““Understanding Biblical Satire to Understand Ourselves and Our World.” ”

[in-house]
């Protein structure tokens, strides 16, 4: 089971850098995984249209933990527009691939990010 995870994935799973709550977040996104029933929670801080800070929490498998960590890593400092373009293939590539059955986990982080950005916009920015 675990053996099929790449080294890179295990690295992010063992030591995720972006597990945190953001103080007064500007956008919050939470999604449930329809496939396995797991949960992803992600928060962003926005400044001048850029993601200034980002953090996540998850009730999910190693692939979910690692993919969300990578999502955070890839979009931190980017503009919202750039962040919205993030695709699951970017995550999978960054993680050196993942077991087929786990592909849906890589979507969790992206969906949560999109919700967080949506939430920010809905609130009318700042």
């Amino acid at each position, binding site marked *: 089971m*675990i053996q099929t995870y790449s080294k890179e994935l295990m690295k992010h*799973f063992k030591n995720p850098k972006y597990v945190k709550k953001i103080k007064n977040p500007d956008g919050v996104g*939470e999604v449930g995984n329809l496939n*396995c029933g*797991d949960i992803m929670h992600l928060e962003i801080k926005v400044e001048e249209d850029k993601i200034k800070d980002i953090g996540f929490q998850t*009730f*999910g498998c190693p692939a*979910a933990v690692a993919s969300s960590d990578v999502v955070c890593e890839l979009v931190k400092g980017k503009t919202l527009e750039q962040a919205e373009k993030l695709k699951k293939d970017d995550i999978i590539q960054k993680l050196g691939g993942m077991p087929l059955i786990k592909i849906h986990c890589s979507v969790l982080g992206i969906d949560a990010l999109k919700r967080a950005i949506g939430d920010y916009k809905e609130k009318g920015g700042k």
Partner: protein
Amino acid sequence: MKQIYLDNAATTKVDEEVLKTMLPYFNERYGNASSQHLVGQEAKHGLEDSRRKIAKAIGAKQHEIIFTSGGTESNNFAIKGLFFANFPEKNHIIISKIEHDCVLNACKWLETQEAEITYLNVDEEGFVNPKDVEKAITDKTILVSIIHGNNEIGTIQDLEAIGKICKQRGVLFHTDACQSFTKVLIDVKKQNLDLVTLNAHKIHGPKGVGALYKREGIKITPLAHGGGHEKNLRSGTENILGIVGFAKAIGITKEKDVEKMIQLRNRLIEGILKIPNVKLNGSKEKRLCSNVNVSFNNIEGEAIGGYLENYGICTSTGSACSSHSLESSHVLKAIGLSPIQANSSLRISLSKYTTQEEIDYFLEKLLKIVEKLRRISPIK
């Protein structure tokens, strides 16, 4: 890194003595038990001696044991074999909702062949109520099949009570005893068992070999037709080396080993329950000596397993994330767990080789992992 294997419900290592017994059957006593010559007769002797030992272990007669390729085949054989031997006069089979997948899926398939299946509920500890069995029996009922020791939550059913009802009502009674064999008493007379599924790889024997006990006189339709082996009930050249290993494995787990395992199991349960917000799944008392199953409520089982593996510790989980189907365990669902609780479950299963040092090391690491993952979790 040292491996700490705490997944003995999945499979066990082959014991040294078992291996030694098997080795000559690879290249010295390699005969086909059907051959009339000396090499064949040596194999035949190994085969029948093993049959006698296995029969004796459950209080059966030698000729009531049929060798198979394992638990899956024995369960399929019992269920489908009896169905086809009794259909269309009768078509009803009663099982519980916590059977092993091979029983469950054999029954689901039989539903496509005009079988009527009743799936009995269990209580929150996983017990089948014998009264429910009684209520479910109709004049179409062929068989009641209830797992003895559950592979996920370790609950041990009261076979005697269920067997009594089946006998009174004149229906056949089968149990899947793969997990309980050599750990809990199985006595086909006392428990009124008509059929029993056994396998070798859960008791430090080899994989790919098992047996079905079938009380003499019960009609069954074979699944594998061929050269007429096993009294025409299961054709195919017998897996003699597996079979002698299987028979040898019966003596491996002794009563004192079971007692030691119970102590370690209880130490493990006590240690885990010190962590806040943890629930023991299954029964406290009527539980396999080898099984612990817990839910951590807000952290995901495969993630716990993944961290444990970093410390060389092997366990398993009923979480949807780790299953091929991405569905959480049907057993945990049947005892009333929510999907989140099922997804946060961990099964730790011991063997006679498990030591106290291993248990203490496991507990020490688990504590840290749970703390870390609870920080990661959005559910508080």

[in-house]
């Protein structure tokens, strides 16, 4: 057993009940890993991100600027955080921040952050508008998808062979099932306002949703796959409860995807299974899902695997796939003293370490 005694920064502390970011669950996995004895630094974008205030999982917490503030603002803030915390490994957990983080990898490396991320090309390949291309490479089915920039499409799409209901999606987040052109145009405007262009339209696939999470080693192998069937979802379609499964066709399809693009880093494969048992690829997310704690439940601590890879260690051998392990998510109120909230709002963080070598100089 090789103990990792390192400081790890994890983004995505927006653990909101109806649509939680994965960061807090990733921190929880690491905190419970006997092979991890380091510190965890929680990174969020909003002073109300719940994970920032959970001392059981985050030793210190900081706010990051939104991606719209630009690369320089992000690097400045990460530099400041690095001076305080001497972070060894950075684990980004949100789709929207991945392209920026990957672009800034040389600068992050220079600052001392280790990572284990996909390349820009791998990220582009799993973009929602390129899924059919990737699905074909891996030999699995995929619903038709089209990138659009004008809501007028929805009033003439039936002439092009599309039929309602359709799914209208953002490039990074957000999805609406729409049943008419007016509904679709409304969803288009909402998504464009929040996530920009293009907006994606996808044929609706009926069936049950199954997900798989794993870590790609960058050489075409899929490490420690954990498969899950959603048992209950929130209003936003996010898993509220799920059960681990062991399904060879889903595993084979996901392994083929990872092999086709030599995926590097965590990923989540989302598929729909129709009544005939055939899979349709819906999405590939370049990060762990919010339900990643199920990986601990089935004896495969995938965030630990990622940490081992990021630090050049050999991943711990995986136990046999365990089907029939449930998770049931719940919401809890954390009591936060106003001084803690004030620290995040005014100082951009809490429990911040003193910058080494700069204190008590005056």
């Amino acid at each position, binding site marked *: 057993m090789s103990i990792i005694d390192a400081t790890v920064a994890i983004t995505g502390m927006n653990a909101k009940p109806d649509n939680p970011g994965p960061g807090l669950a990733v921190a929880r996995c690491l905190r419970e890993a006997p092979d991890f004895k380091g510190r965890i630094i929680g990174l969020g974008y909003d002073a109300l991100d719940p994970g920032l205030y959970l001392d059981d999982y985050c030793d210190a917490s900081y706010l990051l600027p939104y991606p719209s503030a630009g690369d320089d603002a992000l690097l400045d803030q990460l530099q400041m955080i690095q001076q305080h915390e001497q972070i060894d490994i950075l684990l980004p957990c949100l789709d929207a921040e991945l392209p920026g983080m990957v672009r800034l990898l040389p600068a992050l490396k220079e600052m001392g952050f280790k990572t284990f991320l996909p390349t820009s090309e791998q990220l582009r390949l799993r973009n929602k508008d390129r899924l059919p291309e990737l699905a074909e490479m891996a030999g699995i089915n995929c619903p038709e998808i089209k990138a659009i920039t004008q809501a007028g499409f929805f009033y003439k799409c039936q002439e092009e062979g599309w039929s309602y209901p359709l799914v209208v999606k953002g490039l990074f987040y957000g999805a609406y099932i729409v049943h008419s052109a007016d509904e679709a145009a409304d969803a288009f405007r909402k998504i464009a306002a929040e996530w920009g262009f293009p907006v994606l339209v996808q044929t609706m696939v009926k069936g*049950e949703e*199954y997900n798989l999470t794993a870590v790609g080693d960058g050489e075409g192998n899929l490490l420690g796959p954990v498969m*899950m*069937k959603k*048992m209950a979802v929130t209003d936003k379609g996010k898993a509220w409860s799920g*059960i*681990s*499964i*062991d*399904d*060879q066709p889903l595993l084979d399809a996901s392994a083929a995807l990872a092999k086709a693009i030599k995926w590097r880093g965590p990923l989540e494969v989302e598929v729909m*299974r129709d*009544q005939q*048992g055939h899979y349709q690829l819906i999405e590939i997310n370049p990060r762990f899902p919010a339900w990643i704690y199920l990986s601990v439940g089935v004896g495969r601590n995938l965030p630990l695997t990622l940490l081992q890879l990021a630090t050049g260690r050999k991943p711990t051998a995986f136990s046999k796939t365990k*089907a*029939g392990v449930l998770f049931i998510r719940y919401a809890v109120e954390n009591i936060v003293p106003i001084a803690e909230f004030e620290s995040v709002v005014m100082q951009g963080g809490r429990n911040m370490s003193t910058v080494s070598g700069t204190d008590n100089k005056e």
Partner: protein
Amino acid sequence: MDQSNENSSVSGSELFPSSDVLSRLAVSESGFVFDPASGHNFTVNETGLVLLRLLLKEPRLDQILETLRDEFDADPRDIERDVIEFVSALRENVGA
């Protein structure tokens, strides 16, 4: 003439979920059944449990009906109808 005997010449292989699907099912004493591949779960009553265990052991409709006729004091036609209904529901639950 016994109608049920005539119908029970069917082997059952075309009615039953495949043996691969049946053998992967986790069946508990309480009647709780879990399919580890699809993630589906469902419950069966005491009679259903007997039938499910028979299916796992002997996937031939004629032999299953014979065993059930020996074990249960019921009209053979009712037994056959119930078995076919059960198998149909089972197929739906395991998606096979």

Tobit’s Dog and Qohelet’s Dinner will reveal how the biblical books of Tobit and Ecclesiastes (Qohelet) explore, respectively, Jewish Diaspora identity (Tobit) and critically imagine responses to injustice in Ptolemaic Palestine (Ecclesiastes) through satire and other double voiced discourse. Aided by theoretical studies of satire (and irony), the book will discern, in ways other studies have not: 1. how Tobit invites readers to robust reflection on Jewish identity in a Hellenistic diasporic context, and 2. how the scribal authors of Ecclesiastes, formed by traditional wisdom’s moral ethos, construct the character of Qohelet, not merely to satirize political and economic elites in Ptolemaic Palestine, but to raise questions about moral identity and appropriate responses to injustice in that context. Interpretation of these two biblical books will resource people of faith today who wrestle with questions of Christian identity and responses to injustice analogous to the ones the ancient texts wrestle with. Though insights and lessons gleaned from Tobit and Ecclesiastes about identity and justice can never be simplistically “applied” to the modern world, the project will result in precisely the sort of academic resource ecclesial leaders in particular will need as they seek to innovatively engage their congregations around matters that urgently demand thoughtful Christian theological and ethical responses.